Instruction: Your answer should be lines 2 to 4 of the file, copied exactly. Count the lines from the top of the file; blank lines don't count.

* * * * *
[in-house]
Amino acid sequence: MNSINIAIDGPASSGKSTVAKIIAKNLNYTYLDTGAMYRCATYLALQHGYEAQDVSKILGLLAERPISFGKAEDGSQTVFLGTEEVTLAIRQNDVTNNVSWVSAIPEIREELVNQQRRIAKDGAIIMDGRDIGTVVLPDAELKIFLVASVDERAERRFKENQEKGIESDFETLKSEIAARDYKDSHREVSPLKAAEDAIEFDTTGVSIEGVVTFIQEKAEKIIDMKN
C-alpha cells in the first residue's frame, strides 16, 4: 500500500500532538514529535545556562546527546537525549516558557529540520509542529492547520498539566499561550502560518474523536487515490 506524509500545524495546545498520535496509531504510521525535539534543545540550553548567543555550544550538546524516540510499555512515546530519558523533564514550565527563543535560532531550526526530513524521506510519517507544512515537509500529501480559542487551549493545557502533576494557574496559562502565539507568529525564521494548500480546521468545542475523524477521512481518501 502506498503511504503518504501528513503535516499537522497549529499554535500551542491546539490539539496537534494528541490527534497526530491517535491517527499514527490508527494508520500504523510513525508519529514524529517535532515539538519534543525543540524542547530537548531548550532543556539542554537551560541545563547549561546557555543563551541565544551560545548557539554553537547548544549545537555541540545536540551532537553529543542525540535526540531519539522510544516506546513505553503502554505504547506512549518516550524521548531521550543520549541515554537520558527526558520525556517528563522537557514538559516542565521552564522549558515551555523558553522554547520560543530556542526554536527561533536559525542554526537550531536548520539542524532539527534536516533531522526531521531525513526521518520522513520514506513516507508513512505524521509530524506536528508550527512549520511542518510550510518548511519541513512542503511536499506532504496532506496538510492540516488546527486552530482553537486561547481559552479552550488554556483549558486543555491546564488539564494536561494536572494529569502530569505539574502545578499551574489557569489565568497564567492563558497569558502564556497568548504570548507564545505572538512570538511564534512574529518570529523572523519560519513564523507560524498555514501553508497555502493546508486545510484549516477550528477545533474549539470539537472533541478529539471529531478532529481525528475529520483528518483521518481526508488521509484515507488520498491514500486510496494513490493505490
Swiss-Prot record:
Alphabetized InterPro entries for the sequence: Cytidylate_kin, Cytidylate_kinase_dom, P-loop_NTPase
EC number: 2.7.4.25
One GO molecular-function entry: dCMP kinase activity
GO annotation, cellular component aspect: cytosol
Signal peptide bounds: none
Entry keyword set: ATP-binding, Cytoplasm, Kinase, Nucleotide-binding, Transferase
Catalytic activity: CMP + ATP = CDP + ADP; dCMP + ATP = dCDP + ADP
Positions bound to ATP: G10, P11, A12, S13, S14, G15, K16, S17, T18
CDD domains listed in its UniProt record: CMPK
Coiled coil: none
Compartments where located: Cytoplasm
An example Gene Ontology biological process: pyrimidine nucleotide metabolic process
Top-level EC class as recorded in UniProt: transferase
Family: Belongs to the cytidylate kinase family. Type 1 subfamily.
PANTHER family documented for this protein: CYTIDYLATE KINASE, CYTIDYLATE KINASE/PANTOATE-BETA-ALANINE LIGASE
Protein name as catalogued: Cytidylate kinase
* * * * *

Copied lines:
Amino acid sequence: MNSINIAIDGPASSGKSTVAKIIAKNLNYTYLDTGAMYRCATYLALQHGYEAQDVSKILGLLAERPISFGKAEDGSQTVFLGTEEVTLAIRQNDVTNNVSWVSAIPEIREELVNQQRRIAKDGAIIMDGRDIGTVVLPDAELKIFLVASVDERAERRFKENQEKGIESDFETLKSEIAARDYKDSHREVSPLKAAEDAIEFDTTGVSIEGVVTFIQEKAEKIIDMKN
C-alpha cells in the first residue's frame, strides 16, 4: 500500500500532538514529535545556562546527546537525549516558557529540520509542529492547520498539566499561550502560518474523536487515490 506524509500545524495546545498520535496509531504510521525535539534543545540550553548567543555550544550538546524516540510499555512515546530519558523533564514550565527563543535560532531550526526530513524521506510519517507544512515537509500529501480559542487551549493545557502533576494557574496559562502565539507568529525564521494548500480546521468545542475523524477521512481518501 502506498503511504503518504501528513503535516499537522497549529499554535500551542491546539490539539496537534494528541490527534497526530491517535491517527499514527490508527494508520500504523510513525508519529514524529517535532515539538519534543525543540524542547530537548531548550532543556539542554537551560541545563547549561546557555543563551541565544551560545548557539554553537547548544549545537555541540545536540551532537553529543542525540535526540531519539522510544516506546513505553503502554505504547506512549518516550524521548531521550543520549541515554537520558527526558520525556517528563522537557514538559516542565521552564522549558515551555523558553522554547520560543530556542526554536527561533536559525542554526537550531536548520539542524532539527534536516533531522526531521531525513526521518520522513520514506513516507508513512505524521509530524506536528508550527512549520511542518510550510518548511519541513512542503511536499506532504496532506496538510492540516488546527486552530482553537486561547481559552479552550488554556483549558486543555491546564488539564494536561494536572494529569502530569505539574502545578499551574489557569489565568497564567492563558497569558502564556497568548504570548507564545505572538512570538511564534512574529518570529523572523519560519513564523507560524498555514501553508497555502493546508486545510484549516477550528477545533474549539470539537472533541478529539471529531478532529481525528475529520483528518483521518481526508488521509484515507488520498491514500486510496494513490493505490
Swiss-Prot record: